Revelation 5:11 And I beheld, and I heard the voice of many angels round about the throne and the beasts and the elders: and the number of them was ten thousand times ten thousand, and thousands of thousands;

 

Revelation 5:14 And the four beasts said, Amen. And the four [and] twenty elders fell down and worshipped him that liveth for ever and ever.

 

Revelation 7:11 And all the angels stood round about the throne, and [about] the elders and the four beasts, and fell before the throne on their faces, and worshipped God,

 

Revelation 7:13 And one of the elders answered, saying unto me, What are these which are arrayed in white robes? and whence came they?

 

Revelation 11:16 And the four and twenty elders, which sat before God on their seats, fell upon their faces, and worshipped God,

 

Revelation 14:3 And they sung as it were a new song before the throne, and before the four beasts, and the elders: and no man could learn that song but the hundred [and] forty [and] four thousand, which were redeemed from the earth.

 

Revelation 19:4 And the four and twenty elders and the four beasts fell down and worshipped God that sat on the throne, saying, Amen; Alleluia.

 

Zaken

 

Strong’s dictionary defines an elder as:

 

2205 zaqen, zaw-kane'; from 2204; old:-aged, ancient (man), elder (-est), old (man, men and... women), senator.

 

---------------- Dictionary Trace ---------------

2204 zaqen, zaw-kane'; a prim. root; to be old:-aged man, be (wax) old (man).

 

Yehezechel (Ezekiel) 7:26 Mischief shall come upon mischief, and rumour shall be upon rumour; then shall they seek a vision of the prophet; but the law shall perish from the priest, and counsel from the ancients (zaken).

 

Ezra 3:12 But many of the priests and Levites and chief of the fathers, [who were] ancient (zaken) men, that had seen the first house, when the foundation of this house was laid before their eyes, wept with a loud voice; and many shouted aloud for joy:

 

Yeshayahu (Isaiah) 3:2 The mighty man, and the man of war, the judge, and the prophet, and the prudent, and the ancient (zaken),

 

Yeshayahu (Isaiah) 3:14 HaShem will enter into judgment with the ancients (zaken) of his people, and the princes thereof: for ye have eaten up the vineyard; the spoil of the poor [is] in your houses.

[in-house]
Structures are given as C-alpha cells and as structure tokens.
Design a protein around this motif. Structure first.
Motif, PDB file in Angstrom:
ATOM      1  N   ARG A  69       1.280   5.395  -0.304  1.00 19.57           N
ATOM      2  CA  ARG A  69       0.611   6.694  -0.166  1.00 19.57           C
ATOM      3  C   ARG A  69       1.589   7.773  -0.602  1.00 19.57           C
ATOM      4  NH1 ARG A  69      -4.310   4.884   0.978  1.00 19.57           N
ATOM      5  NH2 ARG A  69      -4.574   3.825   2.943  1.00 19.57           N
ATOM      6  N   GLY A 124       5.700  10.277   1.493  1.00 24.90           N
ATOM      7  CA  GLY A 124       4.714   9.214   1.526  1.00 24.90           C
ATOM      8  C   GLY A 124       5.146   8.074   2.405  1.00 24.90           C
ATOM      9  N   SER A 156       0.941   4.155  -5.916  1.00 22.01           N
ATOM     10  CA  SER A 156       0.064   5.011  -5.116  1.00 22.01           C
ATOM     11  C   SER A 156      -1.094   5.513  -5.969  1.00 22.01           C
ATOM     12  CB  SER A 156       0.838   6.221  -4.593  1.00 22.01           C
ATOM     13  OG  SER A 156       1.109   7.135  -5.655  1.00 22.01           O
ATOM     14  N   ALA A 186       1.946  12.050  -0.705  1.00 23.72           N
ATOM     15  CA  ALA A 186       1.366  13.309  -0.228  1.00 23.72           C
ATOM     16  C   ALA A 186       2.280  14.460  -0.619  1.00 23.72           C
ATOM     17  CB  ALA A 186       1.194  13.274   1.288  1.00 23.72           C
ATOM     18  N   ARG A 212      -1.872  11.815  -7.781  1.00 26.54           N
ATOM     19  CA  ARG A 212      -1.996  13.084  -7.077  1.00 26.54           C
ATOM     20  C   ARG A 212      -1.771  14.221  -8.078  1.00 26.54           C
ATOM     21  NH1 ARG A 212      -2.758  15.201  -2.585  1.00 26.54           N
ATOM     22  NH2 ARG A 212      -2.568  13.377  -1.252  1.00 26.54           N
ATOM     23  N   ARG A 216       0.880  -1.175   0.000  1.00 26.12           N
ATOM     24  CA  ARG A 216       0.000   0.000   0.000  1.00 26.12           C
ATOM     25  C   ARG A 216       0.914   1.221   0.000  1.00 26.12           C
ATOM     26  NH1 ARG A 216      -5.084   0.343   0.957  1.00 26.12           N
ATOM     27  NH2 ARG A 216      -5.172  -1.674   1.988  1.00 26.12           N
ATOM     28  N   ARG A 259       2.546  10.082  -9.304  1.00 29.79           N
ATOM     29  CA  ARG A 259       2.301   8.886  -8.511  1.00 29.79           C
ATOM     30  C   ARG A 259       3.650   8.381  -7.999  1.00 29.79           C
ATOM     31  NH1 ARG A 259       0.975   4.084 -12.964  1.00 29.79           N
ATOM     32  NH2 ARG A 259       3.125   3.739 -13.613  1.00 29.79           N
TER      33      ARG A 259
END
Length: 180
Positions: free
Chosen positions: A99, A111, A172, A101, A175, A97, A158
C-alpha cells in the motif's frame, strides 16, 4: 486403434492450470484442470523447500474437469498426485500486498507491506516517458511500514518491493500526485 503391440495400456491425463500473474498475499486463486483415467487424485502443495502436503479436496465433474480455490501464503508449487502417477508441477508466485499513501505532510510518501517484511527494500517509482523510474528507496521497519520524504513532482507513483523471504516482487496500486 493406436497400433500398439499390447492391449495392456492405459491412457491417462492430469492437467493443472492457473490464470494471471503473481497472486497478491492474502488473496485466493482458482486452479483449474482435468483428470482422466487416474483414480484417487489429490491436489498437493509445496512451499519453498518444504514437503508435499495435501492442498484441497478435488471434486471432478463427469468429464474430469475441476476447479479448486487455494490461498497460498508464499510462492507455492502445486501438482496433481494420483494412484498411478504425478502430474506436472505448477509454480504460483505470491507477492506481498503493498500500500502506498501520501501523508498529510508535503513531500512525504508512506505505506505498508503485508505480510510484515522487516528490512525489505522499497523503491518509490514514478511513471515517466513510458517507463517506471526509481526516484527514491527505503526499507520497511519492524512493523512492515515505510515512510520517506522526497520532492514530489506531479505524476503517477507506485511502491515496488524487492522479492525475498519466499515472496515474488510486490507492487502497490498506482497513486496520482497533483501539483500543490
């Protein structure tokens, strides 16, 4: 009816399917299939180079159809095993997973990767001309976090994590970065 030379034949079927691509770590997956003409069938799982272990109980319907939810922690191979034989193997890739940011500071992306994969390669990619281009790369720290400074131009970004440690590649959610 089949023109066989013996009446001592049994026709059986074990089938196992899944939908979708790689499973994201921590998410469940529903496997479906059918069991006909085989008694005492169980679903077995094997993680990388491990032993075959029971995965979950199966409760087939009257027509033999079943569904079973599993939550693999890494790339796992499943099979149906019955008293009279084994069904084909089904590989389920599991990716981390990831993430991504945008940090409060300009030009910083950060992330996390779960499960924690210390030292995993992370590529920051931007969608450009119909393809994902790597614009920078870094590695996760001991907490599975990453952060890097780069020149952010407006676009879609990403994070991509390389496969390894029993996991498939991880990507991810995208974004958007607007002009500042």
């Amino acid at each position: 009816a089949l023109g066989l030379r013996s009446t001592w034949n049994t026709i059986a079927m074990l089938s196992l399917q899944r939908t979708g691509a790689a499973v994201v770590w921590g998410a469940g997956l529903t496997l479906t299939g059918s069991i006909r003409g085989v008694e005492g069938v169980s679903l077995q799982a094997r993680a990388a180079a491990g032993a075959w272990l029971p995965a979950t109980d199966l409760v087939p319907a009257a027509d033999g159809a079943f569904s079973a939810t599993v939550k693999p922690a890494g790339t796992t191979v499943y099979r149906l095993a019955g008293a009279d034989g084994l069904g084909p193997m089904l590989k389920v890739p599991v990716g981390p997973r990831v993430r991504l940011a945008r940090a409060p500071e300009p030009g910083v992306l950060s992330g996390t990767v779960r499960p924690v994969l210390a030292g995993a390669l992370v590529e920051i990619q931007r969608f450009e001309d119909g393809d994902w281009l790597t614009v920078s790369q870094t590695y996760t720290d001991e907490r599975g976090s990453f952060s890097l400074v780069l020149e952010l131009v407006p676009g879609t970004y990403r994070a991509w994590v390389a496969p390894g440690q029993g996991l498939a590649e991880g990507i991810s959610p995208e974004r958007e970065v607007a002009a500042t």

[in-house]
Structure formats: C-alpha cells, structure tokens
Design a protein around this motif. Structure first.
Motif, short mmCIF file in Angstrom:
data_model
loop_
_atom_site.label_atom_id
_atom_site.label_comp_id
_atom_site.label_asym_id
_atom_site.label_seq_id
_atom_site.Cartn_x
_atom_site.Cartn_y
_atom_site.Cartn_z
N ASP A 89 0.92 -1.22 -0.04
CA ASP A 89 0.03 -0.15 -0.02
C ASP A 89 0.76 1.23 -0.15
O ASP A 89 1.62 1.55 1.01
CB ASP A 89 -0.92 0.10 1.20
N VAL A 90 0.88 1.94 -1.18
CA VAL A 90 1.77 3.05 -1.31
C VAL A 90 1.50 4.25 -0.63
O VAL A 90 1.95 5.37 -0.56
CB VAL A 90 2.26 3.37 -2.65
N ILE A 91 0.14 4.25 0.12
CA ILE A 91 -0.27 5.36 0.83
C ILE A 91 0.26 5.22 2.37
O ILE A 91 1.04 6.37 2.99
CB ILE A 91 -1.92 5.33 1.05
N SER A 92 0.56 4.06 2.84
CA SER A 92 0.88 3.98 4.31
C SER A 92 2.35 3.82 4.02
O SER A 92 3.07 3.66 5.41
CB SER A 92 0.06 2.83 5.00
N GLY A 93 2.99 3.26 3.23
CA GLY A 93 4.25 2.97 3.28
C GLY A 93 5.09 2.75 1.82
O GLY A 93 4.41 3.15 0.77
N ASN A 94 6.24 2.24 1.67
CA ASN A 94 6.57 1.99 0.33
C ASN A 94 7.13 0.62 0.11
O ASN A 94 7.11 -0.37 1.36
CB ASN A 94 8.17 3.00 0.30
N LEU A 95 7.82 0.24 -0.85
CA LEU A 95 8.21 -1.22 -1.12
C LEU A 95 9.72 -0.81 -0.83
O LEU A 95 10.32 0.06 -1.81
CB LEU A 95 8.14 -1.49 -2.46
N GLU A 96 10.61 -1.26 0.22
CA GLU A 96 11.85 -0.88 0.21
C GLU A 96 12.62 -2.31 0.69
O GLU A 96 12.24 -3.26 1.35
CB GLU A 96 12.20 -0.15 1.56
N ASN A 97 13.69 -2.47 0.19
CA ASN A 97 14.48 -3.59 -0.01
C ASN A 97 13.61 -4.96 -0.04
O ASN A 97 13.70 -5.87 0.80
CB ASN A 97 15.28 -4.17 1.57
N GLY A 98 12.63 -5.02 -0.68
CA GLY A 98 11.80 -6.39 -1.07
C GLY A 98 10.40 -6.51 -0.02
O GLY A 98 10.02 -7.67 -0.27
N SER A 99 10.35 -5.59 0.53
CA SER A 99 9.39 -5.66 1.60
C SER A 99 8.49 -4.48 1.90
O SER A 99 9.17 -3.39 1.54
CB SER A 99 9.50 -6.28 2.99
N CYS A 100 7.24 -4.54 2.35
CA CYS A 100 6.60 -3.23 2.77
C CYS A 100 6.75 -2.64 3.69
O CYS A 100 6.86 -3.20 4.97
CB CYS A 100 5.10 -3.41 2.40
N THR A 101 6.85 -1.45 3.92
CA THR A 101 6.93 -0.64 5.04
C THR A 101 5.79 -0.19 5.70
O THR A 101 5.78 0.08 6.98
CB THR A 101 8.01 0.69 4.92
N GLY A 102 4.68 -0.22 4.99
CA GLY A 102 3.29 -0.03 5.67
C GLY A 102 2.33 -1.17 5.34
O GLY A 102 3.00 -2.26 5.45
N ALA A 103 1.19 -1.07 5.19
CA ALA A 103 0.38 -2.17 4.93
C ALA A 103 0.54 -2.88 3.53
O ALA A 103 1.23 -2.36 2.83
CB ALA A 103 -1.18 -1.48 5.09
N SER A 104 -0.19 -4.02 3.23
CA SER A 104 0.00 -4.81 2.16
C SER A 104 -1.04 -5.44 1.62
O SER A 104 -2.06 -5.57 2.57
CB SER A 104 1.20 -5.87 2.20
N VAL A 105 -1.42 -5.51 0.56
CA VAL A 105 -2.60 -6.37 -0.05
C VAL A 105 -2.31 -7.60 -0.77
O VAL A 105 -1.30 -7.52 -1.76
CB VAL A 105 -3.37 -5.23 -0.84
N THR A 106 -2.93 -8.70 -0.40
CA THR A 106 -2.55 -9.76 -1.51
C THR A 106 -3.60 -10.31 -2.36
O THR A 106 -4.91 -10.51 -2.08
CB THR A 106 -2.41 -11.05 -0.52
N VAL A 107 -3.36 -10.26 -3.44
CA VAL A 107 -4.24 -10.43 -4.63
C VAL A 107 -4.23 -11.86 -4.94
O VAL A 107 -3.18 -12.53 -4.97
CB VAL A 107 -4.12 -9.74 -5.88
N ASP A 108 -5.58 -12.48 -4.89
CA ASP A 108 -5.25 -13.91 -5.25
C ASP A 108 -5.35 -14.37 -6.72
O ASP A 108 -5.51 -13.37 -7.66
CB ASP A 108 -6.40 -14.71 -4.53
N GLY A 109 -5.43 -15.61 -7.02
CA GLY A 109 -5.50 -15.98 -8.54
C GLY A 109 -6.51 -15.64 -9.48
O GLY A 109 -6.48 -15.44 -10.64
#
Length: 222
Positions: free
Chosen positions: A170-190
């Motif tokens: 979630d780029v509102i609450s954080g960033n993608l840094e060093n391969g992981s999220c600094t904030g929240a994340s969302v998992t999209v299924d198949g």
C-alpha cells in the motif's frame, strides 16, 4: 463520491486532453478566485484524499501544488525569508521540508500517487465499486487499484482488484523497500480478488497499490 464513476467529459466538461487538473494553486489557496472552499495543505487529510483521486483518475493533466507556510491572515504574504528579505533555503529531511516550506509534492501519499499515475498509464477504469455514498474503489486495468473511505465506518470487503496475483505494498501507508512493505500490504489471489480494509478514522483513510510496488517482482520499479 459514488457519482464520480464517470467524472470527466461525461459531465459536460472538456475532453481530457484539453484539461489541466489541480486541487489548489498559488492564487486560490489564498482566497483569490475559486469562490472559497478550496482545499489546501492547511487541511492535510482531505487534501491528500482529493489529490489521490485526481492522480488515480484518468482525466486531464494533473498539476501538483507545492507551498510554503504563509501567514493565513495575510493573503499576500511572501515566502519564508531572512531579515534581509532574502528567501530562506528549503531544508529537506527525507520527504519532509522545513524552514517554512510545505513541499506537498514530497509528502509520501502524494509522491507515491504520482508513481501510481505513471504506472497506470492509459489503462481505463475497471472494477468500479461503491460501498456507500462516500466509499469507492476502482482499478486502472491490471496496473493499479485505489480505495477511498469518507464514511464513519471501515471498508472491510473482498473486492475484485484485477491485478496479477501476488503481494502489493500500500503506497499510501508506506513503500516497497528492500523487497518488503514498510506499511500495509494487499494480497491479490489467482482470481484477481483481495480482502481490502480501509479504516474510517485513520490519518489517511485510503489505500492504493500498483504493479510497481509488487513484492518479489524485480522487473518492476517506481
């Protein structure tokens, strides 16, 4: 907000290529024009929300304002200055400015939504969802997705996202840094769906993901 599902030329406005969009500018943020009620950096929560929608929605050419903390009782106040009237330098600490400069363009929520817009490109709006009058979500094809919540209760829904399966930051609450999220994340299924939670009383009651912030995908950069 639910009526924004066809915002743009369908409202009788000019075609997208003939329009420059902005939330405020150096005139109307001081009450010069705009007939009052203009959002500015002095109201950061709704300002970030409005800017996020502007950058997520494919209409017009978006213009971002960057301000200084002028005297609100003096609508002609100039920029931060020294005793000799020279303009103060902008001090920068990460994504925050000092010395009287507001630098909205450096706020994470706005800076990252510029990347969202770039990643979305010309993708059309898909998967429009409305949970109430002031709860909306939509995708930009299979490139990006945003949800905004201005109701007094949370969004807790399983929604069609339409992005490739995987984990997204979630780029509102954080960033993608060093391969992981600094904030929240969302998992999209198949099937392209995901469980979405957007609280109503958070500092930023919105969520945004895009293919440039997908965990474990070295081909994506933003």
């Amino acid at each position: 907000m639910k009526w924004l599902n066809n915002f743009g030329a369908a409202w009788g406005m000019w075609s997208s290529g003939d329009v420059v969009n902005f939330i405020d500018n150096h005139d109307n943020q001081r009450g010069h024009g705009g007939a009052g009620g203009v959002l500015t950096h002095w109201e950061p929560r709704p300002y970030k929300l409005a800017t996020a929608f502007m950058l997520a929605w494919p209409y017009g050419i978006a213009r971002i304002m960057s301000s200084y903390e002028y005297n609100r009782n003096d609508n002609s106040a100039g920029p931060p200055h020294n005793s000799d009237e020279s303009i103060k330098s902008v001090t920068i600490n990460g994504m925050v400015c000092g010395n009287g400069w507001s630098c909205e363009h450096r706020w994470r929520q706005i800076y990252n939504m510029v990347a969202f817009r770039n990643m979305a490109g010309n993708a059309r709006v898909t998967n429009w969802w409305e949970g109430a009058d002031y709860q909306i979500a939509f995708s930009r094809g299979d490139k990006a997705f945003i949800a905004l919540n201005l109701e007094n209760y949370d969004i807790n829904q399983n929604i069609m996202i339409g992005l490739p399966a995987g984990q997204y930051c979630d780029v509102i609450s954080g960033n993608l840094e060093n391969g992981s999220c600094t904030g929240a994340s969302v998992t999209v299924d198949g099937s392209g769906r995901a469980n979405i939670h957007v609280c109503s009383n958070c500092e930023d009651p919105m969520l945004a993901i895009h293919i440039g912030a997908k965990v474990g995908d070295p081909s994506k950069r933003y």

Yeshayahu (Isaiah) 24:23 Then the moon shall be confounded, and the sun ashamed, when HaShem of hosts shall reign in mount Zion, and in Jerusalem, and before his ancients (zaken) gloriously.

 

This officer is in charge, under the supervision of the Bet Din, of the primary and secondary schools in the community, and the training of children for Bar/Bat Mitzva. The exceptional literacy among Jews is directly attributable to this office and the effort that was expended in education. During the dark ages when even kings could not read, Jewish children could read.

 

This officer, also translates the reading of the Torah into the vernacular in the synagogue, and if the sermon is said in Ivrit (Hebrew), they also translate that sermon into the vernacular. These can also be Hakhamim.

 

Additionally, a school teacher is needed because we are bringing in young Gentiles and they need to learn Torah too.

 

דרשן - The “Darshan” (Expounder)

“Magid” (Preacher)

Prophet

 

The Darshan was the officer who expounded the Torah in a sermon, delivered after the reading of the "Haphtarah," or section from the prophets. Because of this they were also called Prophets and were called as such in the Nazarean Codicil. They also delivered sermons whenever the occasion demanded it.

 

This is similar to the classical British and European universities, where the “lecture” (or the outline of the lecture and associated materials) is prepared by a Professor and delivered by another person (frequently an advanced post-graduate student) called a “reader” or “lecturer.”

 

In the synagogue, one or all of the Bet Din were responsible for preparing of the outlines for all sermons which were taught to the Darshan. The Darshan, in turn, would deliver the full sermon to the community in the synagogue, or to the associated fellowships called Chaburot.

 

This office is also in charge of helping anyone plead their cases before the Bet Din (much as attorneys are used in the secular justice system), and as such function as counselors or in a consolatory capacity on behalf of the Bet Din.